Korngold’s Rarely Heard Opera Hints at His Future in Hollywood

ANNANDALE-ON-HUDSON, N.Y. — Erich Wolfgang Korngold’s rarely heard opera “Das Wunder der Heliane” is an artifact from a high period of Viennese style: Specifically, the 1920s.

This was a time made vivid by experimental, yet still crowd-pleasing, harmonies, as well as salacious themes that — in a post-Freudian atmosphere — could also lay a claim to seriousness. Those touches were all present in the extremely belated American premiere of “Das Wunder der Heliane” on Friday at the Fisher Center for the Performing Arts here.

And yet there was another era’s musical style stepping into the light for a close-up.

The scoring for one early scene in “Heliane,” between a condemned man and a jailer, at first leans appropriately hard on the strings. Bursts of col legno announce political gravity — and suggest the prisoner’s need for a savior, which the title character of Heliane will become — before giving way to brooding lines. But unexpected jolts ring out: Harps ascend quickly, breaking free of tutti passages that have submerged the sound world in sadness; a mystical celesta accompanies the ambiguous moment when the man’s chains are loosened.

Played brightly and adroitly by the American Symphony Orchestra and conducted by its music director, Leon Botstein, these rapid changes of color didn’t seem like embers of dying Romanticism so much as the first stirrings of the Hollywood epic.

Korngold, of course, would go on to achieve his most lasting fame as a film-score composer. His swiftly surging themes for movies like “The Adventures of Robin Hood” and “Kings Row” have long been cited as an influence on John Williams’s music for “Star Wars” and “Superman.”

With “Heliane,” Korngold was sharpening the talents he would use later in the United States. Yet these facets of his biography — grand opera composer of interwar Europe and elder statesman of Hollywood — are often treated like separate halves of an exile artist’s life.

If the connection between the early moments of “Heliane” and Korngold’s later work in film was clear on Friday, that was in part because of how his music is being presented at Bard SummerScape. In addition to “Helaine,” which continues through Aug. 4, Bard is taking a two-week deep dive into Korngold’s broader catalog as well (through Aug. 18). Tying the programs together is a new collection of scholarship, “Korngold and His World.”

“This is a complete discovery for all of us,” Mr. Botstein said in an interview before the Friday performance. “The whole idea: Where does this film music come from, and how did he put it together? And why did he succeed like no one else?”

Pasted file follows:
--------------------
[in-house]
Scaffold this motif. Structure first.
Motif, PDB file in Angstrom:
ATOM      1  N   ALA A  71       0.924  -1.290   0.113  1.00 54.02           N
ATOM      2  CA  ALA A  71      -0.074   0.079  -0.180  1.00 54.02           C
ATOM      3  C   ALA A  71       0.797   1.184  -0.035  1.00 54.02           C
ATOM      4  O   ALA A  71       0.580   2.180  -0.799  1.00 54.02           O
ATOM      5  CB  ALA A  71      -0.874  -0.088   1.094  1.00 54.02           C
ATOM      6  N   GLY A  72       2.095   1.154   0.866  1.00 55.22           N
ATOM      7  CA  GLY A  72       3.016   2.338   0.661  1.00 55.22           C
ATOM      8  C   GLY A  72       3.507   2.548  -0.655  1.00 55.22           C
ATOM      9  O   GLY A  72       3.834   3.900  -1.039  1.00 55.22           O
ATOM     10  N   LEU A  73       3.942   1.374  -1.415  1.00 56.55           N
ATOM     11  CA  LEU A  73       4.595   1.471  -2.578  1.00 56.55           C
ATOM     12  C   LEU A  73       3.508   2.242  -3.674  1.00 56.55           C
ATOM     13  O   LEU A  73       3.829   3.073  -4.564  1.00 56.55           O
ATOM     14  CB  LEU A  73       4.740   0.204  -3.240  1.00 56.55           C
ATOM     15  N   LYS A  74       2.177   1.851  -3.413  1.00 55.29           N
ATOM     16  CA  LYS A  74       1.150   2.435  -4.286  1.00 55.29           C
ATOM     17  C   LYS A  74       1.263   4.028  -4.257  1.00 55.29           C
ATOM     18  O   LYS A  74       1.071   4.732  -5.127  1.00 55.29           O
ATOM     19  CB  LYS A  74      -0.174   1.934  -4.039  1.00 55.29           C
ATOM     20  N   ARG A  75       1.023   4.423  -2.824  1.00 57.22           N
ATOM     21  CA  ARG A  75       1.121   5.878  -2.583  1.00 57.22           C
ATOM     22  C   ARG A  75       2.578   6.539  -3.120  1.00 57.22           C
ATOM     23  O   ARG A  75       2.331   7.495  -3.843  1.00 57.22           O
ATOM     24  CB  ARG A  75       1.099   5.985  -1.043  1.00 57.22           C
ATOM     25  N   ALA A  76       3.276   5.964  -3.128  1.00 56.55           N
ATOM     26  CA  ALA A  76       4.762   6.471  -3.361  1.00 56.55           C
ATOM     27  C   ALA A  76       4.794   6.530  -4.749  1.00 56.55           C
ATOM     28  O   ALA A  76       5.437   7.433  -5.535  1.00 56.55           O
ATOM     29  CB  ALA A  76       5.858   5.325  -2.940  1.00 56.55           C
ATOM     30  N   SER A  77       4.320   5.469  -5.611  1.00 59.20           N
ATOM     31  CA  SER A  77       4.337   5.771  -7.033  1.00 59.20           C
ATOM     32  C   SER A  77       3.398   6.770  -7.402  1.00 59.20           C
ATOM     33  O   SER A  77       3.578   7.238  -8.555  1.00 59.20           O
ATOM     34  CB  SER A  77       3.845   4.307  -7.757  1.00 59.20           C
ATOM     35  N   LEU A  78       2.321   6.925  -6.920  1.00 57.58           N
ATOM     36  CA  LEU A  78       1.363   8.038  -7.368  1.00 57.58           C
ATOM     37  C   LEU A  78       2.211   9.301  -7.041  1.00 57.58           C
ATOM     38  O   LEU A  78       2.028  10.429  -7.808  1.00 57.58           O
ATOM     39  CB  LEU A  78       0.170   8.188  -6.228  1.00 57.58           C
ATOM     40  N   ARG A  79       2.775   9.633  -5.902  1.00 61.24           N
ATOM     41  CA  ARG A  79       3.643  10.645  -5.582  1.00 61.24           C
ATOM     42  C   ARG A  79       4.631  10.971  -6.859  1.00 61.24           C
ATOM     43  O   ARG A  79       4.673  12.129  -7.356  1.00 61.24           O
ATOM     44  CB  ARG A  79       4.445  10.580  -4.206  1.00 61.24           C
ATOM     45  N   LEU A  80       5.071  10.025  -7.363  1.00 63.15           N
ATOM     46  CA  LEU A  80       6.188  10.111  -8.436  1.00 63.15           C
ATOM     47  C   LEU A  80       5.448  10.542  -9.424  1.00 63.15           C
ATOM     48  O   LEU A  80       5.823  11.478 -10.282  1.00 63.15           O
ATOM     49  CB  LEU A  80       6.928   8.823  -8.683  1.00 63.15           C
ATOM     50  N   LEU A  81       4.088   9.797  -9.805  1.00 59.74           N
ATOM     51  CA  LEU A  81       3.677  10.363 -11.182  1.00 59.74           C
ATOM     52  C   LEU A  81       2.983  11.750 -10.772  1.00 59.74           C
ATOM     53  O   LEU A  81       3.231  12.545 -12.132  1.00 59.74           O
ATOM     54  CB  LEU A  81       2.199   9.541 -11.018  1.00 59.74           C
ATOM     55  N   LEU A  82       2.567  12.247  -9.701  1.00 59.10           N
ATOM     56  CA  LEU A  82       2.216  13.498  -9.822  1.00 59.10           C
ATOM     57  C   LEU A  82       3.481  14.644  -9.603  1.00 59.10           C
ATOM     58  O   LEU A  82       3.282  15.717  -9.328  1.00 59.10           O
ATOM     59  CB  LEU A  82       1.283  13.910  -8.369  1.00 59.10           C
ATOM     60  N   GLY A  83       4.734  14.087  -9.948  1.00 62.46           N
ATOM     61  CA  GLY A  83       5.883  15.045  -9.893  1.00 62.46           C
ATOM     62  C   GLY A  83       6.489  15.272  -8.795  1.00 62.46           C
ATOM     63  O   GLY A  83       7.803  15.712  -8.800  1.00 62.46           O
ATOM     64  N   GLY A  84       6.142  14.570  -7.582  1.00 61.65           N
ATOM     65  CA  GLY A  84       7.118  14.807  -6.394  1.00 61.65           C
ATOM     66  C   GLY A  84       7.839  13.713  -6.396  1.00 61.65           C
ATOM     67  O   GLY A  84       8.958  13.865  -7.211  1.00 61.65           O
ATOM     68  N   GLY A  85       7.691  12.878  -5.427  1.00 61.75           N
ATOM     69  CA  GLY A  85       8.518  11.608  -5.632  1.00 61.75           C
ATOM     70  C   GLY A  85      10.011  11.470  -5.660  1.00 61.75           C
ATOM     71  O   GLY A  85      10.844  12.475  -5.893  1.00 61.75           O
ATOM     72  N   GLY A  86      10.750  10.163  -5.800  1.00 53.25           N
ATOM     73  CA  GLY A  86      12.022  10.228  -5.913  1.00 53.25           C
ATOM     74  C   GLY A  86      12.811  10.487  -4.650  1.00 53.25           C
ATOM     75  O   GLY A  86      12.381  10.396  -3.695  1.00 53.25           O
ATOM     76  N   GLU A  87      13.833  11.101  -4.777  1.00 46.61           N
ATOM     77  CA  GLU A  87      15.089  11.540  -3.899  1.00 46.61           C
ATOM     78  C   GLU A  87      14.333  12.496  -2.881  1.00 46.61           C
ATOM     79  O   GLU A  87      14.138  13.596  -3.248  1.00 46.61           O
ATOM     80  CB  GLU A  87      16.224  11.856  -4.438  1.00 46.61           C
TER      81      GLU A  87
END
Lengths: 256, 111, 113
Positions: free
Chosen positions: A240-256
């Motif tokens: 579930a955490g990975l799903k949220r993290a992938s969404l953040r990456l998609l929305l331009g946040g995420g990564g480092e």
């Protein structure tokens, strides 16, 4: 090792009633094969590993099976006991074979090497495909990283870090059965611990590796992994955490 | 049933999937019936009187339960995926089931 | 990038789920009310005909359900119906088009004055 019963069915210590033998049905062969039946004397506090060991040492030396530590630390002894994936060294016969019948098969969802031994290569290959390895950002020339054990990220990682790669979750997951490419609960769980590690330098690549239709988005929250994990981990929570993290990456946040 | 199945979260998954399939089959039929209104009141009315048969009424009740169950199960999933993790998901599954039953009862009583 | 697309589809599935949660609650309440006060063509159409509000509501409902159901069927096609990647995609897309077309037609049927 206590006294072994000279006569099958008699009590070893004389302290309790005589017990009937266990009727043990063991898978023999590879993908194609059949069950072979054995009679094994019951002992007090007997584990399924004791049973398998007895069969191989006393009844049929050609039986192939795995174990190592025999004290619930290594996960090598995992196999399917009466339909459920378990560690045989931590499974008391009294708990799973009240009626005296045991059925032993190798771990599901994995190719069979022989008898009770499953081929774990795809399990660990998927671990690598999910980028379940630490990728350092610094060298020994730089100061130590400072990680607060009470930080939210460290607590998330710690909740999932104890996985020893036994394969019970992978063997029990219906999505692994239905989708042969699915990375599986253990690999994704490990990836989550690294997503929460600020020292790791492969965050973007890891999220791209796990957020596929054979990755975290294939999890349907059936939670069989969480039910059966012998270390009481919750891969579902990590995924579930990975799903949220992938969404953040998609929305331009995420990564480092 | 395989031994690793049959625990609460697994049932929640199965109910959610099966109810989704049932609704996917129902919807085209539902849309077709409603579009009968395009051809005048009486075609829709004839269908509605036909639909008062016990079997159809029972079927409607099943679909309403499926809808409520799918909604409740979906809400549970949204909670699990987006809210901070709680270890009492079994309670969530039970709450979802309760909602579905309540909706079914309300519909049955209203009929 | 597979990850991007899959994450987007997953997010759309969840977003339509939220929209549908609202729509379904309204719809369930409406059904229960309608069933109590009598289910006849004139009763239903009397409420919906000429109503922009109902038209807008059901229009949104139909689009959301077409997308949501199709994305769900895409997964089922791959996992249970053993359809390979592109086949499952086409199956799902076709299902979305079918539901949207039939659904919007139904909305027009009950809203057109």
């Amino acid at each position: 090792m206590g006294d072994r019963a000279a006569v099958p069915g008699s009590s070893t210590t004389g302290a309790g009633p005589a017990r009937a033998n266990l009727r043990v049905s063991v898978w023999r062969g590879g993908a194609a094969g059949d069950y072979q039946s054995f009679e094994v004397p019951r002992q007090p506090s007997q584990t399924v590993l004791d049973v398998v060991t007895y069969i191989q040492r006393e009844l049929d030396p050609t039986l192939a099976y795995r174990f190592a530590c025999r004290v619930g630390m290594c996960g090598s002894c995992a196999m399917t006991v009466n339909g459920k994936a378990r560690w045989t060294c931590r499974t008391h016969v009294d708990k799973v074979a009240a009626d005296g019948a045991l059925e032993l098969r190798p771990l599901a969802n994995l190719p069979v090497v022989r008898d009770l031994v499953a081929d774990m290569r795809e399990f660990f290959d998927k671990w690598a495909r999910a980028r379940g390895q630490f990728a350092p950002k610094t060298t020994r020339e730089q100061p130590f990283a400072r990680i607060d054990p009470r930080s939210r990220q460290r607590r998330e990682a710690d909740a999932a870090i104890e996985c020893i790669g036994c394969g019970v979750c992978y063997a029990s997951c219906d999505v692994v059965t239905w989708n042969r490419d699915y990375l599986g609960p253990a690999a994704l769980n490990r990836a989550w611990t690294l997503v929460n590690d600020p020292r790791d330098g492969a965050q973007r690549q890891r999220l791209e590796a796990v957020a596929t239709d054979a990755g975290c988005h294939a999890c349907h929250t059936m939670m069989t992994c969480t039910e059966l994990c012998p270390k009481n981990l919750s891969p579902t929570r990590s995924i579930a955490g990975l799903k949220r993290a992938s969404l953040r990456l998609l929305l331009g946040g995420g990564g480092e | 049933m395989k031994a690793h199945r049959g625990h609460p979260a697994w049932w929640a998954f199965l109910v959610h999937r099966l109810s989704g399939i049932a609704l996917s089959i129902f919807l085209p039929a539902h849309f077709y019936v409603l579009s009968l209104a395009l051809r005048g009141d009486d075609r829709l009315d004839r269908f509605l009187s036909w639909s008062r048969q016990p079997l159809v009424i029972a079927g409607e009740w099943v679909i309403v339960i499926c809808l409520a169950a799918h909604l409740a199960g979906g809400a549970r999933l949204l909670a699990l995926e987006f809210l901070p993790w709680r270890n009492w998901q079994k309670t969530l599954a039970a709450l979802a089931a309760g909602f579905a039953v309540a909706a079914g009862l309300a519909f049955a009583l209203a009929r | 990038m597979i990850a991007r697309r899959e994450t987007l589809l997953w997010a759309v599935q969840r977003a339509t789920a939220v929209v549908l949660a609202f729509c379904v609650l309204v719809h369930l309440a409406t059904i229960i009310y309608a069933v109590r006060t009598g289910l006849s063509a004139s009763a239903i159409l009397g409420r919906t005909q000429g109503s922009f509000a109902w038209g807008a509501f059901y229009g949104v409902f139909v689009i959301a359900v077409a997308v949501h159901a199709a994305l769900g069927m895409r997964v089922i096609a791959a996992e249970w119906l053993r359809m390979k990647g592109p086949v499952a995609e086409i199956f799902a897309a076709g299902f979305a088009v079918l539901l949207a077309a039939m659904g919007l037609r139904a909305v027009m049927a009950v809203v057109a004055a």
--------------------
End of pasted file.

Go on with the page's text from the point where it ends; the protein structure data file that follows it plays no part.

In addition to conducting “Heliane,” Mr. Botstein is a contributor to “Korngold and His World,” with an essay taking stock of a common charge against Korngold by critics like Theodor Adorno and Hanns Eisler: that by writing film scores, Korngold had made music subservient to the moving image.

Mr. Botstein duly admits, in his essay, that Korngold struggled to repurpose music from his films for stand-alone scores (though he says the 1950s Symphony in F sharp is Korngold’s “most successful transfer” back into the concert hall). But he also disagrees with Eisler and Adorno, who, he writes, “were wrong that the music in Korngold’s films was not meant to be heard.”

“The music actually was heard,” he adds, “but as an integral part of the film experience.”

Recently, while watching a succession of films scored by Korngold, I found myself in broad agreement with Mr. Bostein’s take. Korngold’s imaginative imprint is all over otherwise strong, though not quite brilliant, Warner Bros. movies like the noirish “Deception” and the melodrama “The Constant Nymph.”

Not surprisingly, both of those films feature fictional composers and performers in their narratives — opportunities that Korngold often seized to dramatize his own feeling that modernism without melody is ruinous. (In the interview, Mr. Botstein said, “If you want to get under the skin of Korngold, what he thought he was doing, ‘The Constant Nymph’ is the thing to watch.”)

But, despite Korngold’s distaste for the 12-tone music favored by modernists, he was not averse to experimental touches. In my favorite of his film scores — for “Between Two Worlds,” a wartime movie with touches of a morality play and a thriller — Korngold provides the material for a multimedia approach to leitmotif: As the scholar Ben Winters points out in “Korngold and His World,” a piano solo played by one character also appears in a version for a jazz-tinged ensemble, heard through a phonograph.

“That’s a very unusual score,” Mr. Botstein said. “There’s something postmodern in it.”

Bard isn’t the only place where you can see “Heliane” this summer. Naxos recently released a DVD and Blu-ray from a production of it by the Deutsche Oper in Berlin. That staging takes a more sedate approach to the political violence of the story, and offers Heliane a way out at the end.

At Bard, Christian Räth’s production is more literal, with a clearer broadcasting of the libretto’s dated obsessions, like sexual purity and the eternal feminine. But, for an opera not seen in this country until now, the staging is valuably crisp, the singing solid. Even though Korngold’s most enduring legacy may be in film, his take on 1920s Viennese opera is well worth a trip to take in.

“What you learn from ‘Heliane’ is that his particular, very distinctive melodic and harmonic language was there already before he went to Hollywood,” Mr. Botstein said. “There is something naïvely optimistic about his music, subconsciously beautiful. And winningly so.”

Das Wunder der Heliane

Through Aug. 4 at Fisher Center for the Performing Arts at Bard College, Annandale-on-Hudson, N.Y.; fishercenter.bard.edu/summerscape.

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